Daniel, standing next to him as his best man, whispered, “Good thing you don’t have laser vision. That door would be destroyed by now.”

Hank chuckled. “Just you wait. In a few months you’ll be doing the same thing.”

“Yeah, I know,” Daniel sighed. “I think you and Callie have the right idea, go ahead and get it over with.”

“I’ve already waited years,” Hank shook his head. “Not waiting any more.”

He closed his eyes. Jesus, he prayed fervently, thank You for Callie. Thank You for bringing us to this day. Please hurry this up!

The music started and his eyes flew open, fixed again on the closed double doors into the nave. The doors opened, and there she was, his grandfather by her side as escort.

She looked beautiful of course, but what fascinated him most was the expression on her face. She looked calm, confident – and impatient. Her eyes found his and she smiled, her step quickened. A slow smile spread across his face as she reached him. He took her hand firmly in his. You’re mine.

She looked at him and he was lost in wonder at the trust he saw in her face.

“Hank? Hank?” the pastor was saying. Hank’s face flushed and he forced himself back into the present. He repeated the words the pastor was saying, thinking that in a way he had already done this long ago, when he pledged that he would always be there for her.

She must have been remembering the same thing, because when she placed the ring on his finger, she smiled and instead of saying “I, Callie, take you, Hank,” she said, “I, Callie, ask you, Hank, to be my husband.” He looked straight into her eyes and answered seriously, “Of course.”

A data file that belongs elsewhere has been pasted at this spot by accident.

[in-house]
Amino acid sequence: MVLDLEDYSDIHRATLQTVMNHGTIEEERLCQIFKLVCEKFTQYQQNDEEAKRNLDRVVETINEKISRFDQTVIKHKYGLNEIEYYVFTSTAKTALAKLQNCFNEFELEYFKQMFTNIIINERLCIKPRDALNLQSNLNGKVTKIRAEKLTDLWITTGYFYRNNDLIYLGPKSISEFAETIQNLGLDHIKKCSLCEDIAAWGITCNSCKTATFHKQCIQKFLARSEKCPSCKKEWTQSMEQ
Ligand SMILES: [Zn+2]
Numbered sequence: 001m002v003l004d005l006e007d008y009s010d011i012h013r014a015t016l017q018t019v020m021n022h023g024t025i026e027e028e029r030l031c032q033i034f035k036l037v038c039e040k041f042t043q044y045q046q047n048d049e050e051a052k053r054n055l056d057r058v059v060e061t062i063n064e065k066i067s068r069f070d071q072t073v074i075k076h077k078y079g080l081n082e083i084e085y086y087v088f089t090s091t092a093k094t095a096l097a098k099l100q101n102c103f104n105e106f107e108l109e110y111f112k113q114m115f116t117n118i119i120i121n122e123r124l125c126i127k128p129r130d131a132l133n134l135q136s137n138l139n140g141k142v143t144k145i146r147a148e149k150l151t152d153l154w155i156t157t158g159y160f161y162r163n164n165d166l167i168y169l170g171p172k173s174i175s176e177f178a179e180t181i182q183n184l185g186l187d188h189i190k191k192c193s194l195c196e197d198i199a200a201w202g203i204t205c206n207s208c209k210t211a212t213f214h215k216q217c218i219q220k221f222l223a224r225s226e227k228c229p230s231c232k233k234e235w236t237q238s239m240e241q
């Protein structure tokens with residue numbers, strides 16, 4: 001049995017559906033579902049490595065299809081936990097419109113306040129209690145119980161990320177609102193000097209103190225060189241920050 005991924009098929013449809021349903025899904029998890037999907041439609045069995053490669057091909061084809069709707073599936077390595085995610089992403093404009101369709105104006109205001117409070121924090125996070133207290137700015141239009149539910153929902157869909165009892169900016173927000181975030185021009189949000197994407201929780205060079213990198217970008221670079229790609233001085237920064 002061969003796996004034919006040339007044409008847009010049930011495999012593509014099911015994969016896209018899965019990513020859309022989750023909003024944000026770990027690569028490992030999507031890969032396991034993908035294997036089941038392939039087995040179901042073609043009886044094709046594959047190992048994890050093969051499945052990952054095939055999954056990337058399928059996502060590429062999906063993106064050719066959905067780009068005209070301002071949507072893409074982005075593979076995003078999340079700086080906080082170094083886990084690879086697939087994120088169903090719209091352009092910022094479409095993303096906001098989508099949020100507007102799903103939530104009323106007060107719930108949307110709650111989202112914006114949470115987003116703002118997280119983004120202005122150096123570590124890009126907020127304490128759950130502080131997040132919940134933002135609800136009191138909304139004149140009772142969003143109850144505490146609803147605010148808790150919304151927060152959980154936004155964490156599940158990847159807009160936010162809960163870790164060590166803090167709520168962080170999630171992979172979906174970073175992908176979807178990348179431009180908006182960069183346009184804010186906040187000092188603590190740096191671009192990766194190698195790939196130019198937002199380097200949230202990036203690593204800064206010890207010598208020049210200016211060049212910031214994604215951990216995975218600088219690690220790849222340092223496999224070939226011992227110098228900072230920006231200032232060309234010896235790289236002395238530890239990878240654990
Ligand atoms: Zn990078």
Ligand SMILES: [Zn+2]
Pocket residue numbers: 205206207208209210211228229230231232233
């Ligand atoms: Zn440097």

The pastor, undeterred by this change, went on smoothly with the rest of the service. And then finally it was over and she was his.

He took her in his arms and she melted against him as if they were truly one person. He kissed her gently and she responded eagerly, completely and forever his.

He felt a hand on his arm and suddenly realized where he was. He reluctantly stepped back. The pastor must have touched her arm too because her face had turned red with embarrassment. He grinned – who cares? – and was rewarded when she laughed, such a happy, carefree sound!

Then they became aware of the people in the church shouting and clapping and whistling. Hank shook his head. It seemed the whole town had turned out for this “small, simple” wedding, and he knew they had come, without invitations, only because they wanted to be here for him and Callie. He was amazed by all these people caring that much for them.

He tucked Callie into his side as they left the sanctuary. More than anything at this moment, Hank felt satisfied. He was certain that all he had done and been had come together in this one, perfect moment. As far as he was concerned, his race had been run, and he had won by a mile.




Callie sat down at the linen draped table in the church community room, stretching her bare feet out in front of her. The room was still filled with people celebrating her wedding. She was a little tired from all the emotions she had felt today, and her feet were sore from so much dancing. But she was overwhelmingly, blissfully happy. She glanced at Hank beside her. He had taken his suit coat off in the warm room and he was leaning back in his chair, his legs also stretched out in front of them, his crossed at the ankle. He looked so comfortable, so at ease … she rested her head on his arm and he dropped a kiss on her head. “Wife,” he said proudly in a low voice.

She loved how that sounded. “Husband,” she echoed.

“We probably should be going,” he suggested. “Get back to the farmhouse and change into some more comfortable clothes.”

“Or just get out of these clothes,” she murmured.

Hank’s eyes widened and he looked as if he honestly couldn’t think of anything to say to that. Her hand slipped behind his back and landed lower than he expected. Galvanized into action, he stood up abruptly and, grabbing her hand, tugged her up with me. “Time to go,” he told her shortly.

She smiled and willingly joined him, holding onto his arm while slipping on her shoes. She brushed against him as he was getting into his suit coat, looking up to see that slow, teasing smile spread across his face. Oh, yes, she thought happily. It’s past time. 

"That Little Thing" Copyright © 2020 by Susan Stafford